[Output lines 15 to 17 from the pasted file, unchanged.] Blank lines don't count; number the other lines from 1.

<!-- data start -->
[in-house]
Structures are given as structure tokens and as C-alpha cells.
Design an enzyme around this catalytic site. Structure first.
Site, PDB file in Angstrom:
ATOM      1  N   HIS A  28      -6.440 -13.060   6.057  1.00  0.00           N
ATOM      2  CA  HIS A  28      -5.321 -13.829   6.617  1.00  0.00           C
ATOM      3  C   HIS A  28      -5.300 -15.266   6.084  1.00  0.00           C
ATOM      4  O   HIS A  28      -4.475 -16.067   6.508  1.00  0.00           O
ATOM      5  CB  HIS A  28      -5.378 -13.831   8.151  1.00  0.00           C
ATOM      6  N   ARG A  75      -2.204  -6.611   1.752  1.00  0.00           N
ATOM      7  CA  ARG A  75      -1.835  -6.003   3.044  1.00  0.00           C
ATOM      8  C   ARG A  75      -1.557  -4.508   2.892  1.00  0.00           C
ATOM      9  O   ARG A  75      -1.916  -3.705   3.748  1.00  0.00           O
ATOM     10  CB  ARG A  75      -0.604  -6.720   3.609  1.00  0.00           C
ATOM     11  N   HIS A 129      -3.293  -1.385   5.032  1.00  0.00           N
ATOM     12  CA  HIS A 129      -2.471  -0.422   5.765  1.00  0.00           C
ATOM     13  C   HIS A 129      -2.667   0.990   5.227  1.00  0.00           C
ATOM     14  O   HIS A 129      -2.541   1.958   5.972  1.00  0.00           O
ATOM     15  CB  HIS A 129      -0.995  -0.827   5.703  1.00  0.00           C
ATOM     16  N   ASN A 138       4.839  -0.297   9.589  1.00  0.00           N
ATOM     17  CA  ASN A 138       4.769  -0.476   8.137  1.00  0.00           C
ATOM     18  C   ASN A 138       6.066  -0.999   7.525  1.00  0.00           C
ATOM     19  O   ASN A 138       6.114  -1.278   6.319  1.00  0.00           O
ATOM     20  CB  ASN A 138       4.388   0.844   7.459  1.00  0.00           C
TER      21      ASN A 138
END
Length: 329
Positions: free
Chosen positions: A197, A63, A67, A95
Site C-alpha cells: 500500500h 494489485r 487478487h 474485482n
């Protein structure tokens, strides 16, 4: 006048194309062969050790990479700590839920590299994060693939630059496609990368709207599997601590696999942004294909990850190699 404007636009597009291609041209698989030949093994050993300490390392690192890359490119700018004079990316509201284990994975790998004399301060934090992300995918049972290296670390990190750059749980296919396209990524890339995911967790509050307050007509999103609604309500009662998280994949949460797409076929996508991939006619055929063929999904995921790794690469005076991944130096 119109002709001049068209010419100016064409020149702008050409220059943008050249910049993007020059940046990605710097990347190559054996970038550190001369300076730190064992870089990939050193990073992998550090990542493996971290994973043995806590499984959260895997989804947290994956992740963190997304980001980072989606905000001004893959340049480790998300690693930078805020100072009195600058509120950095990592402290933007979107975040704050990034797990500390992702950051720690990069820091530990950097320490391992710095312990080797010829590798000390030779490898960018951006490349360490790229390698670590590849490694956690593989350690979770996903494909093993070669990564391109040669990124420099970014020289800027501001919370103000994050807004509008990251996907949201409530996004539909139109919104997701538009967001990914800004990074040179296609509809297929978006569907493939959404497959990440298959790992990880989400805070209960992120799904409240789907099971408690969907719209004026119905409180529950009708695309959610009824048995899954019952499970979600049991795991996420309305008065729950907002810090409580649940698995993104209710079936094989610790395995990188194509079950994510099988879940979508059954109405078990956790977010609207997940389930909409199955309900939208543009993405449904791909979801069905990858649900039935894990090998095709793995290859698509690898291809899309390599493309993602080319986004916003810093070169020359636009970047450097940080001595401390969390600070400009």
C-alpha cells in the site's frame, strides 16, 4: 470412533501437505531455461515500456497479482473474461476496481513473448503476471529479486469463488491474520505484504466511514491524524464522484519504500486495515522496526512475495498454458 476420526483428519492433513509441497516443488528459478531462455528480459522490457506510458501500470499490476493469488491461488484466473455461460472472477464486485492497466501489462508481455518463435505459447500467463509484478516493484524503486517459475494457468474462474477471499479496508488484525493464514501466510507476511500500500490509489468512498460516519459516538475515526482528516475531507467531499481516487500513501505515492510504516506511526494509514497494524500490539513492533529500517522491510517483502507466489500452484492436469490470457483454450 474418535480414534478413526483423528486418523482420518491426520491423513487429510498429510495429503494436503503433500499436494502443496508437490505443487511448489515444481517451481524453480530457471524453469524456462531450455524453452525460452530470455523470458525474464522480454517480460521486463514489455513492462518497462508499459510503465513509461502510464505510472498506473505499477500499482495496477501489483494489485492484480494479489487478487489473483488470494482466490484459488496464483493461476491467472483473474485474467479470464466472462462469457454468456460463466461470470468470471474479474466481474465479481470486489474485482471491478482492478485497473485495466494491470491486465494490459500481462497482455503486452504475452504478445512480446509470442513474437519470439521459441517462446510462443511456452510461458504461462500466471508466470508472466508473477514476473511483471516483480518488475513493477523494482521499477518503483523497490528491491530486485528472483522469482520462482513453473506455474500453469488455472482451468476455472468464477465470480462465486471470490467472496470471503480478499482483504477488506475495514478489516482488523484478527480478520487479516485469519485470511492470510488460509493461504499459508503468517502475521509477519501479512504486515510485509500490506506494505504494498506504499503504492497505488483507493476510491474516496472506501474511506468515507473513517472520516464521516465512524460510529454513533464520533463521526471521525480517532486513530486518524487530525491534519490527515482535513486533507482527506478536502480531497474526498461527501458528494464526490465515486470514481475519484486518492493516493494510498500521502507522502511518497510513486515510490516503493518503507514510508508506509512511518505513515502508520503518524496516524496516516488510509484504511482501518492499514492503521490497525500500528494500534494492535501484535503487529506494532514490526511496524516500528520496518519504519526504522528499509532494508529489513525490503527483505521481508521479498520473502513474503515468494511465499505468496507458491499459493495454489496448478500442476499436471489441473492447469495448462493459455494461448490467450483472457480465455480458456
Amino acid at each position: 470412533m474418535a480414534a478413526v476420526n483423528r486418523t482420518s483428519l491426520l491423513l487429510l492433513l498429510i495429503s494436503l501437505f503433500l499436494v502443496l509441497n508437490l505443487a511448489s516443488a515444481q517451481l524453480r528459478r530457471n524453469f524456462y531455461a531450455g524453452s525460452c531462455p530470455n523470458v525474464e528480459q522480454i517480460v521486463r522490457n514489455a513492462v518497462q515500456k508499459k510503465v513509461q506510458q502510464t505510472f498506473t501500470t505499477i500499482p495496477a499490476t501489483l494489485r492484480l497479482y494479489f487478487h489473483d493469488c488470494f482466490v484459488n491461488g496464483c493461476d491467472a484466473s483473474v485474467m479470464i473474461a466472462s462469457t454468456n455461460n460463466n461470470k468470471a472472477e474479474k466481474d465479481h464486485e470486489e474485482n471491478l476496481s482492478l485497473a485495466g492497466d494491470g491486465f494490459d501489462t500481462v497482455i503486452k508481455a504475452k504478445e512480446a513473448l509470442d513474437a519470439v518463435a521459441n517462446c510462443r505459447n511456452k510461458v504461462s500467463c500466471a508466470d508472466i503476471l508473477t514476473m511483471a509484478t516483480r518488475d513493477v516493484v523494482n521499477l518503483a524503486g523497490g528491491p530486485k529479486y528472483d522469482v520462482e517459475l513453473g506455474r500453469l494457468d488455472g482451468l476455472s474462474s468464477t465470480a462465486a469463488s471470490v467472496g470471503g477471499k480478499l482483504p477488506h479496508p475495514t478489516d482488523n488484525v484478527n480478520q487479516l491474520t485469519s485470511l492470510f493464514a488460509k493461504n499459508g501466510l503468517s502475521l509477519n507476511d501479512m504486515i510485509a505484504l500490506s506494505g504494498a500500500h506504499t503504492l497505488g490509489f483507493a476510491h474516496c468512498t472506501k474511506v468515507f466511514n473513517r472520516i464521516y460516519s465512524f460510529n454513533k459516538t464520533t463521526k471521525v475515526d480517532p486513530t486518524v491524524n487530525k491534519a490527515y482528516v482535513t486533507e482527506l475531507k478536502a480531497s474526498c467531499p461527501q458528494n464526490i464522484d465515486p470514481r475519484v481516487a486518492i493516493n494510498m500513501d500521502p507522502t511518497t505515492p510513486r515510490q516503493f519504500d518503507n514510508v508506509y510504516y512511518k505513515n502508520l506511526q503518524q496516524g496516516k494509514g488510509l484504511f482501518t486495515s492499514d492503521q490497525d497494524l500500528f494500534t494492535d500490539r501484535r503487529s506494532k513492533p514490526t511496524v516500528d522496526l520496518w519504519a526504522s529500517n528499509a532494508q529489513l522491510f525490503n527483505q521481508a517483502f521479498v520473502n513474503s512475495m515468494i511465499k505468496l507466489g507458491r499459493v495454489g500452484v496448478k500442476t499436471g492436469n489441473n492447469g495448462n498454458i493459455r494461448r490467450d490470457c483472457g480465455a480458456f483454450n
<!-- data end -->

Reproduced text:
ATOM     11  N   HIS A 129      -3.293  -1.385   5.032  1.00  0.00           N
ATOM     12  CA  HIS A 129      -2.471  -0.422   5.765  1.00  0.00           C
ATOM     13  C   HIS A 129      -2.667   0.990   5.227  1.00  0.00           C